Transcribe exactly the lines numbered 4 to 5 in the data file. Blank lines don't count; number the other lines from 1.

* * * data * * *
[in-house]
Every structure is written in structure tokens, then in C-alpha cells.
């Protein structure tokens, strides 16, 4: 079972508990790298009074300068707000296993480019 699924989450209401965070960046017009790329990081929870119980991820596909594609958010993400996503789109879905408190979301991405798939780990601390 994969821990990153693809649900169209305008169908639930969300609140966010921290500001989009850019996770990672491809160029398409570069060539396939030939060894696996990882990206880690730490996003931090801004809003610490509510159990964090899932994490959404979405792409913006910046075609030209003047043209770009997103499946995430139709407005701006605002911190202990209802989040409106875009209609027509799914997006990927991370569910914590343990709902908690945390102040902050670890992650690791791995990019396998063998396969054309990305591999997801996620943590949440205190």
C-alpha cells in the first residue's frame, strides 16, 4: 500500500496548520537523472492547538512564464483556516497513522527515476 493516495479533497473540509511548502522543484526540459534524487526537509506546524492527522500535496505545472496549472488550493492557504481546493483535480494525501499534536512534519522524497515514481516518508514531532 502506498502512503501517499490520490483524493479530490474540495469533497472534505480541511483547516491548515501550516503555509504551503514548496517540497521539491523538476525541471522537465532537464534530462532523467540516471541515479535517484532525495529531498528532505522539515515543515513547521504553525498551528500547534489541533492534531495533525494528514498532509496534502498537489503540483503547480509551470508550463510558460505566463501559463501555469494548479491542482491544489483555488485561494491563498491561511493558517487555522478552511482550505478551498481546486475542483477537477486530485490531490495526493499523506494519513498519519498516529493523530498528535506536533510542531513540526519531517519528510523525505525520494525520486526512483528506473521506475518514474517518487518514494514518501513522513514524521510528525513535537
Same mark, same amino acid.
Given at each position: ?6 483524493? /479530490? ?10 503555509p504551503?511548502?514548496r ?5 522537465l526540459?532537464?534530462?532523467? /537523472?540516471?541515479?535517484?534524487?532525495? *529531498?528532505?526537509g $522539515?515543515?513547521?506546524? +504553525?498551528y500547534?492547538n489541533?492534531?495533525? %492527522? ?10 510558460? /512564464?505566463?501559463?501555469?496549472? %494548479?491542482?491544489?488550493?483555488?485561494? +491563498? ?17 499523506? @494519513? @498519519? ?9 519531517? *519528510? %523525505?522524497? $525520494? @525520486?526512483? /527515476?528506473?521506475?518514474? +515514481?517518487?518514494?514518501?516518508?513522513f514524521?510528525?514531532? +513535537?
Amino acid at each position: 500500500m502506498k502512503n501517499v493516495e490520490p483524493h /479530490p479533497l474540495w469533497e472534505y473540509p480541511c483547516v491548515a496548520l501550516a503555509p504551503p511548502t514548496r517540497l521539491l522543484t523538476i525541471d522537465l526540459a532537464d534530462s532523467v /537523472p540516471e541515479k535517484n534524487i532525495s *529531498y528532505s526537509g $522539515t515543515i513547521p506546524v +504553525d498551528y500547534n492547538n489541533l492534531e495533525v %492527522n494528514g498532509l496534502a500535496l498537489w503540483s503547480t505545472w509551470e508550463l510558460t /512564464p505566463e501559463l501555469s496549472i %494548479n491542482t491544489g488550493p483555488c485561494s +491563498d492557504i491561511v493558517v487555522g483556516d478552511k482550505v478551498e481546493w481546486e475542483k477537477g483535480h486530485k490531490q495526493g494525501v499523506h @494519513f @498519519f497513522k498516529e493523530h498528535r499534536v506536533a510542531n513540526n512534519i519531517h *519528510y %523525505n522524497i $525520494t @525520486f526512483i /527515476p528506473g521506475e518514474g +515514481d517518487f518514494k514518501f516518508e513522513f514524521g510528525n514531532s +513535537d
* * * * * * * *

C-alpha cells in the first residue's frame, strides 16, 4: 500500500496548520537523472492547538512564464483556516497513522527515476 493516495479533497473540509511548502522543484526540459534524487526537509506546524492527522500535496505545472496549472488550493492557504481546493483535480494525501499534536512534519522524497515514481516518508514531532 502506498502512503501517499490520490483524493479530490474540495469533497472534505480541511483547516491548515501550516503555509504551503514548496517540497521539491523538476525541471522537465532537464534530462532523467540516471541515479535517484532525495529531498528532505522539515515543515513547521504553525498551528500547534489541533492534531495533525494528514498532509496534502498537489503540483503547480509551470508550463510558460505566463501559463501555469494548479491542482491544489483555488485561494491563498491561511493558517487555522478552511482550505478551498481546486475542483477537477486530485490531490495526493499523506494519513498519519498516529493523530498528535506536533510542531513540526519531517519528510523525505525520494525520486526512483528506473521506475518514474517518487518514494514518501513522513514524521510528525513535537
Same mark, same amino acid.